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[287] its worst enemy by giving his warm indorsement to the latest comer, whatever his disqualifications as to style or skill.

Holmes said of him in a letter to Motley in 1873:—

‘I find a singular charm in the society of Longfellow,—a soft voice, a sweet and cheerful temper, a receptive rather than aggressive intelligence, the agreeable flavor of scholarship without any pedantic ways, and a perceptible soupcon of the humor, not enough to startle or surprise or keep you under the strain of over-stimulation, which I am apt to feel with very witty people.’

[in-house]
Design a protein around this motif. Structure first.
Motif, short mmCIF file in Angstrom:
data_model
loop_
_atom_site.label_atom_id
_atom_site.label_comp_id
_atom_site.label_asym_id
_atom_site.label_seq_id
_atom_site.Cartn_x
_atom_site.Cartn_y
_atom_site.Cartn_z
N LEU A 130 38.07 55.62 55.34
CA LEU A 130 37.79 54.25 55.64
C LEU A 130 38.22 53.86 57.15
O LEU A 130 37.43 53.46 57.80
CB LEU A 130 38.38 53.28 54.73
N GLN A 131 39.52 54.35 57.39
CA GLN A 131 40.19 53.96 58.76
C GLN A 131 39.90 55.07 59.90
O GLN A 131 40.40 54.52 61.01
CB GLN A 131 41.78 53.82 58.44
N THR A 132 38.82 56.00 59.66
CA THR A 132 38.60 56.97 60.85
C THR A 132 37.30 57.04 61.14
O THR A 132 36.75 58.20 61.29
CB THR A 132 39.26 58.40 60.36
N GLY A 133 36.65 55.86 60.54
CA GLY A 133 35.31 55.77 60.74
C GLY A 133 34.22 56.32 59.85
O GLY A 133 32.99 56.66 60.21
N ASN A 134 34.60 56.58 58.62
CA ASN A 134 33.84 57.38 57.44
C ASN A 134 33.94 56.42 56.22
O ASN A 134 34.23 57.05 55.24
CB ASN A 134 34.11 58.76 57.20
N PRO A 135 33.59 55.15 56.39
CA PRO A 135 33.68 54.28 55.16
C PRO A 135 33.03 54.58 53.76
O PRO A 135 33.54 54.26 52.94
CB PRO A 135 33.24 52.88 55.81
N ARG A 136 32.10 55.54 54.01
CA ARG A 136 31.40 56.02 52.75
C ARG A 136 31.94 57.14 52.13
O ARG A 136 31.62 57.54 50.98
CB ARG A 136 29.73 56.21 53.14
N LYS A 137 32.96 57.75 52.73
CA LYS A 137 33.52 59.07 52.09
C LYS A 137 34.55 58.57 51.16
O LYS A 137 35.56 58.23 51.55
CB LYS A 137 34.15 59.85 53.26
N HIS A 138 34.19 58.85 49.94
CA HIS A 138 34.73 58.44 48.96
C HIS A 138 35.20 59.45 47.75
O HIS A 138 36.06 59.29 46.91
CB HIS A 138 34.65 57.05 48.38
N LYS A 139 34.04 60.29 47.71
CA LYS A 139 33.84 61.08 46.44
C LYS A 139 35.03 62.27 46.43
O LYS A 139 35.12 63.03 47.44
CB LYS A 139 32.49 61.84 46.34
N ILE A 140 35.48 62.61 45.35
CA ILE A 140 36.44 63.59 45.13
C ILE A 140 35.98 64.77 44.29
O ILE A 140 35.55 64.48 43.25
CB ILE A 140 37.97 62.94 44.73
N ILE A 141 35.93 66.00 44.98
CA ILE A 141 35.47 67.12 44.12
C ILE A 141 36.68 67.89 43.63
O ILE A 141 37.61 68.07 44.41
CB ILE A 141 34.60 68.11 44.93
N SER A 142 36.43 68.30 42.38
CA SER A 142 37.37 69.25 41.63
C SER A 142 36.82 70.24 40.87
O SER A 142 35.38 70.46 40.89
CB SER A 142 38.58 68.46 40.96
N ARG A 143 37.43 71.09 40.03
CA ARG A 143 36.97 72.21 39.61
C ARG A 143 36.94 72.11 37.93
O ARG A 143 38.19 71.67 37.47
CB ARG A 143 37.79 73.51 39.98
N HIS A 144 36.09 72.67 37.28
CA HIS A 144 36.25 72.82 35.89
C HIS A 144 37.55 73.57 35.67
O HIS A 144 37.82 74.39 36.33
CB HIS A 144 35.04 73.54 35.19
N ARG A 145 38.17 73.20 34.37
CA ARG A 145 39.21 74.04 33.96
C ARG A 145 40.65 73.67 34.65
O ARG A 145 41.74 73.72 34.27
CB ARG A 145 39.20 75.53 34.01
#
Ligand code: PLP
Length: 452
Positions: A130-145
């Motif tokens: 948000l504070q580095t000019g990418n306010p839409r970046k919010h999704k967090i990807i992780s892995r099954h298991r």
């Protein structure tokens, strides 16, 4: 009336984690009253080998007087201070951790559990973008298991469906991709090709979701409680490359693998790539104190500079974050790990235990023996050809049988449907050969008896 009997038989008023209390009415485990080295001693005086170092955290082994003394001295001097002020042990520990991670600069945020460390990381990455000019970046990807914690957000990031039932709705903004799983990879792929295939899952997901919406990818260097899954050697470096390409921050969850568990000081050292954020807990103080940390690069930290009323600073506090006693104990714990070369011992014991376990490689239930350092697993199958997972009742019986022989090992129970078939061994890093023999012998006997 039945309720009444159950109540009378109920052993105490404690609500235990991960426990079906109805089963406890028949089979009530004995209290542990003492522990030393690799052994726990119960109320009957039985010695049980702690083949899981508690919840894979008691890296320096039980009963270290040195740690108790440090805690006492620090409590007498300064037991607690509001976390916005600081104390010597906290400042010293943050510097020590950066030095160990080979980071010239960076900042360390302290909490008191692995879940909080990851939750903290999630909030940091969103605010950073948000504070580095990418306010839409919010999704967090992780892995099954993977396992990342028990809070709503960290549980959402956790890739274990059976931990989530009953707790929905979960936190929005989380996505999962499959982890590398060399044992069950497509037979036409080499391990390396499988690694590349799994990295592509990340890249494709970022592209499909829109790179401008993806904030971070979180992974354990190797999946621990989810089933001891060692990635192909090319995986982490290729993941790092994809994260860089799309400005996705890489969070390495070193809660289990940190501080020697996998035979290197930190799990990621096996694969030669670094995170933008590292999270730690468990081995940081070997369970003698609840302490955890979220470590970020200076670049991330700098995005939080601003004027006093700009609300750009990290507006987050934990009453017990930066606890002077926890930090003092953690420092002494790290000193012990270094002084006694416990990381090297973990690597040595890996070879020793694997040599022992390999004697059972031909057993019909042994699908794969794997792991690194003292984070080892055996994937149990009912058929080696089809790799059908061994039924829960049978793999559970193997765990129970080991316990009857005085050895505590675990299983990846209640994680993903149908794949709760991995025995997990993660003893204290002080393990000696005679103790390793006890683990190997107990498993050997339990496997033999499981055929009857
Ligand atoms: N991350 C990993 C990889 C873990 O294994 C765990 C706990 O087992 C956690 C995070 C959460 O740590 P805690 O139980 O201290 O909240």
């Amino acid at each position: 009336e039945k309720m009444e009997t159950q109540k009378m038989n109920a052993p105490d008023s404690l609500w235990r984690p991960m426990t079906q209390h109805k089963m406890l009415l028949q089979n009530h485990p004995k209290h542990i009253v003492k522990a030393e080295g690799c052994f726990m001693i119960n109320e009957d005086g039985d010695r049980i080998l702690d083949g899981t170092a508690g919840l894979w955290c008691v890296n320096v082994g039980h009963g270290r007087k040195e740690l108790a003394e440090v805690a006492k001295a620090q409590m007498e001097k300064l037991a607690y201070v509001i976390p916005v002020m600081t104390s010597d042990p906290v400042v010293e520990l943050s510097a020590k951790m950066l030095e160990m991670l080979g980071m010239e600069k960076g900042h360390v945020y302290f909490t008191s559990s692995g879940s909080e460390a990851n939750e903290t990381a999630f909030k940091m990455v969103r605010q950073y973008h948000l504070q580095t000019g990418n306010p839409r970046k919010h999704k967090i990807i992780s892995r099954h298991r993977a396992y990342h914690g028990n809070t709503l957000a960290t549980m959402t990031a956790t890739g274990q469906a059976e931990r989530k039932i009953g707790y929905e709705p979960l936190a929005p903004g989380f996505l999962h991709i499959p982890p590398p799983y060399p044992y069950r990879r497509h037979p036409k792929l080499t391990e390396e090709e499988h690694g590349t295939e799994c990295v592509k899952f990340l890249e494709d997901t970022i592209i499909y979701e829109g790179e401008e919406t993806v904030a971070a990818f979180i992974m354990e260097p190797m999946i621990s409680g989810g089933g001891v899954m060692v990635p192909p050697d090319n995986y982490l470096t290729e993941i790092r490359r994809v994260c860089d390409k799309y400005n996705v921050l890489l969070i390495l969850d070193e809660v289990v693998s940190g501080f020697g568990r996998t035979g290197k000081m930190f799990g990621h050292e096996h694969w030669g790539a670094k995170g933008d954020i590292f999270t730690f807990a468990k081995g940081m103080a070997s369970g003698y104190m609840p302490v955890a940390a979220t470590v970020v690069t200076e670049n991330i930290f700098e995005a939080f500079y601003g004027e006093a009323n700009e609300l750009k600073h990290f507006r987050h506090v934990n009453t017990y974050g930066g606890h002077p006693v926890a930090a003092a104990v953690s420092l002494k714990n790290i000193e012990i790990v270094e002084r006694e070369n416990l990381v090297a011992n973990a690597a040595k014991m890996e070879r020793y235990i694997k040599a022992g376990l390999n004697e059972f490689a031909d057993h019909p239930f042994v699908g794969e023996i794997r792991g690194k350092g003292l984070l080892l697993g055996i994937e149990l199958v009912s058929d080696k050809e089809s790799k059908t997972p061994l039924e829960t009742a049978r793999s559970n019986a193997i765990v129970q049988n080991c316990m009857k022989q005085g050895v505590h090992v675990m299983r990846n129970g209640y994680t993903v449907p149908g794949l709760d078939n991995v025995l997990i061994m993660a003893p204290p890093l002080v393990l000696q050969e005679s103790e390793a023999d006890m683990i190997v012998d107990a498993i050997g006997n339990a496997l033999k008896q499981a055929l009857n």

And ten years later, writing to a friend and referring to his verses on the death of Longfelfellow, printed in the ‘Atlantic Monthly,’ he said: ‘But it is all too little, for his life was so exceptionally sweet and musical that any voice of praise sounds almost like a discord after it.’

Professor Rolfe has suggested that he unconsciously describes himself in ‘The Golden Legend,’ where Walter the Minnesinger says of Prince Henry:—

His gracious presence upon earth
Was as a fire upon a hearth;
As pleasant songs, at morning sung,
The words that dropped from his sweet tongue
Strengthened our hearts; or, heard at night,
Made all our slumbers soft and light.

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